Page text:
Trulli and Grotte
The breakfast was good though none of us ate too much .We were still full from last night’s feast and we knew what was coming today.
“We are what we eat” is a Puglian motto. And with so much food consumed and much more to follow we were becoming part of the region.
I had wanted to see the world famous Trulli houses since I was 13. In geography we did a small topic about homes around the world. Two stood out – the trulli and the home life of the bushmen of the Kalahari desert. At that time we were studying ‘The Hobbit’ in English. And to this spotty faced teenager the whitewashed trulli became a Tolkeinesque fantasy landscape. I always imagined hobbits, pointy eared, standing in the door way of these stubby strangely roofed homes. And today we were going to visit them. Another tick on my bucket list.
But first , a visit to Locorotondo. It is listed as one of “I Borghi piu belli d’Italia” – Italy’s most beautiful villages. And what a treat. Locorotondo won over our hearts. Enchanting, like stepping back in time. Its name means a “round place” and the circular town plan hugs the hill giving a fantastic view over the plateau below. Farmland sprinkled with trulli, awash with vineyards and olive groves. Whitewashed houses everywhere. Narrow streets, small shiny streets, spotlessly clean streets. Quite slippy. Flowers at every turn – in plant pots, on staircases, under stairwells, on balconies. Gorgeous courtyards of inner calm. And while the trulli have pointy roofs here Locorotondo have the Cummerse – rectangular buildings topped with sloping roofs. Quite different but wonderful.
Alberobello. Even the name sounds magical. And so it trulli is. Our second UNESCO World Heritage site (1996) in two days. Fairytale like. The town is home to 1400 trulli. Whitewashed houses with small windows topped with grey cone shaped roofs. Mysterious symbols adorn the slates – all different. The sign of the builder maybe?
It is divided into two districts Monti and Aia Piccola. We strolled uphill through narrow streets. We stood face to face (bric) with them, admiring their construction. Many were originally built without cement.
Trullo Sovrano is a unique 18th century two storey building. And what was at the top of the hill? Yes you’ve guessed it – a church trulli -roofed of course.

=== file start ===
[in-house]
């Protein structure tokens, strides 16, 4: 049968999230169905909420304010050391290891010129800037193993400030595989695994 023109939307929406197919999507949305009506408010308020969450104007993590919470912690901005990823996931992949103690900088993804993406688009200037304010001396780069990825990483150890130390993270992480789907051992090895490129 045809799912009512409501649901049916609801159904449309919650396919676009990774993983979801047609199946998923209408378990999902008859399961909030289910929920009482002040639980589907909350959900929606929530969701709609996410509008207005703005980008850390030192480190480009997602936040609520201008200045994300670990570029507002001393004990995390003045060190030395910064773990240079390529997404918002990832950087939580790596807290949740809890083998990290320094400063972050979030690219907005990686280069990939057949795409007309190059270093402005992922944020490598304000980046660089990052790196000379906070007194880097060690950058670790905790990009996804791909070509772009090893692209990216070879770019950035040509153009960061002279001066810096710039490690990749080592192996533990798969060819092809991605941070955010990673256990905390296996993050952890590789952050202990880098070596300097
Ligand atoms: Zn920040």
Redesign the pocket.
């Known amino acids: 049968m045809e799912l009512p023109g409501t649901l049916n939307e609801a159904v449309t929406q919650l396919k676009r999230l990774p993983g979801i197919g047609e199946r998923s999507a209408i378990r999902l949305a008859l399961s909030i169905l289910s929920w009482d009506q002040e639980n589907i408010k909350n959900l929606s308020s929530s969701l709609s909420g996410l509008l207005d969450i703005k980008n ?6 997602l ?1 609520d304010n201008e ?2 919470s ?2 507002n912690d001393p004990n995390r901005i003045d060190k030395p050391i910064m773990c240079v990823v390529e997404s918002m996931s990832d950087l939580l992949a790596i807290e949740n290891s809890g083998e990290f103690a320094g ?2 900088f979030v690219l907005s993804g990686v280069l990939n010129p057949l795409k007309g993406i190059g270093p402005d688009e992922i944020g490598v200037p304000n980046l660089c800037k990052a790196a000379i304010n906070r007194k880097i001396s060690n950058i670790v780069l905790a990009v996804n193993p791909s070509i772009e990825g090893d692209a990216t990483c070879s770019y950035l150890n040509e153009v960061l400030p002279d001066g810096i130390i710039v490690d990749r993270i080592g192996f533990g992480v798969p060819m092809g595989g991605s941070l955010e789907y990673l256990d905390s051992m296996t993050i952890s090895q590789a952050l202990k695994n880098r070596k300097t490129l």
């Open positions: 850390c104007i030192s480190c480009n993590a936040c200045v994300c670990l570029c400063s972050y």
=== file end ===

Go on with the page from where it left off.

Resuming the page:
A pity about the weather. Grey and overcast. The whitewashed homes against a perfect blue cloudless sky would have given us amazing photos. But it was a dream come true to visit this perfectly formed town. Mr Orme, my teacher would be impressed.
And next? Lunch of course.
Enchanted by Alberobello and its trulli Gabriele D’Annunzio wrote “I wake and see the town of my dreams . As if I was still sleeping”. And for lunch we ate in the dream town. Another meal included in the tour price.
In Trattoria La Cantina we had another gastronomic feast. Here is the health warning – Puglia can make you fat! Superb food again. We all sat around a long L-shaped table exchanging tales again. The trattoria had rustic charm and a wonderful view of the lunch being created. A dizzy variety of food was served. Well prepared and well served – the waitress was a sweetheart, always smiling. As she poured the wine she said “life and wine go together like Manchester and United” and smiled.
We were having a gourmet adventure on a daily basis. Two lots of pasta arrived. My favourite ‘orecchiette’ – ear shaped pasta shells still handmade today from durum wheat flour. Fresh fish arrived, still in rigor mortis. The lamb was oh so good. The Boar sausage a little too strong for me but it went down well with the red wine. A wonderful tart, with fruits and fig extract, ended what was such a lovely meal.
It started to rain and I wondered who in our party had put their pants on inside out.
The journey to our next destination took 15 minutes and kept us dry inside our fun bus. Grotte di Castellana wasn’t grotty at all, in fact it was superb – a real surprise to me because I have never ever got excited by stalagmites and stalactites.
Discovered accidentally by Franco Anelli in 1938 and opened to the public a year later. And the public keep on coming. The queues were long but Suzannah was there to get the tickets for us.
There are 2 itineraries, one which lasts a full 2 hours and a shorter 50 minute guided tour. We took the smaller one. 1 km instead of 3 km.
The cave depth is 60 metres and has a constant temperature of 15 Celsius. It’s a speleologist’s delight (speleology is the study of caves) and is well known throughout Italy. A subterranean underworld, a labyrinth of caves, corridors, chasms and gorges nicely illuminated with subdued lights.
Grotte Bianca, the white cave, is considered to be the world’s brightest, whitest cave. It’s the last cave in the system so we didn’t see it.
The speleological system has some wonderful names. We descended down steep stairs into The Grave, a great abyss with a hole in its roof clearly visible.
Beyond the Pillars of Hercules, The Black Cave, Cave of Monuments, Angel’s Corridor, Little Paradise, Cave of The Altar, Cathedral of Milan, Cave of The Dome, Canopy , Lake Of Crystals and finally The White Cave. All dark and glorious. Fantastic.
A fitting end to a marvellous day. We had seen and experienced much and the Pugliese way of life was gradually relaxing and nourishing us.
And further good news. The sun was forecast to be back to its blistering self tomorrow.
- The Back Roads of Puglia – Preparing to Travel
- Day One -Tomatoes so fresh that they came with the sun still attached
- Day Three – Cisternino, Ostuni, Gallipoli
- Day Four – Otranto, wine-tasting and an uplifting time in Depressa
- Day Five – A Puglian wedding and a visit to unforgettable Lecce
- Day Six – Back to Bari and discovering the real Santa Claus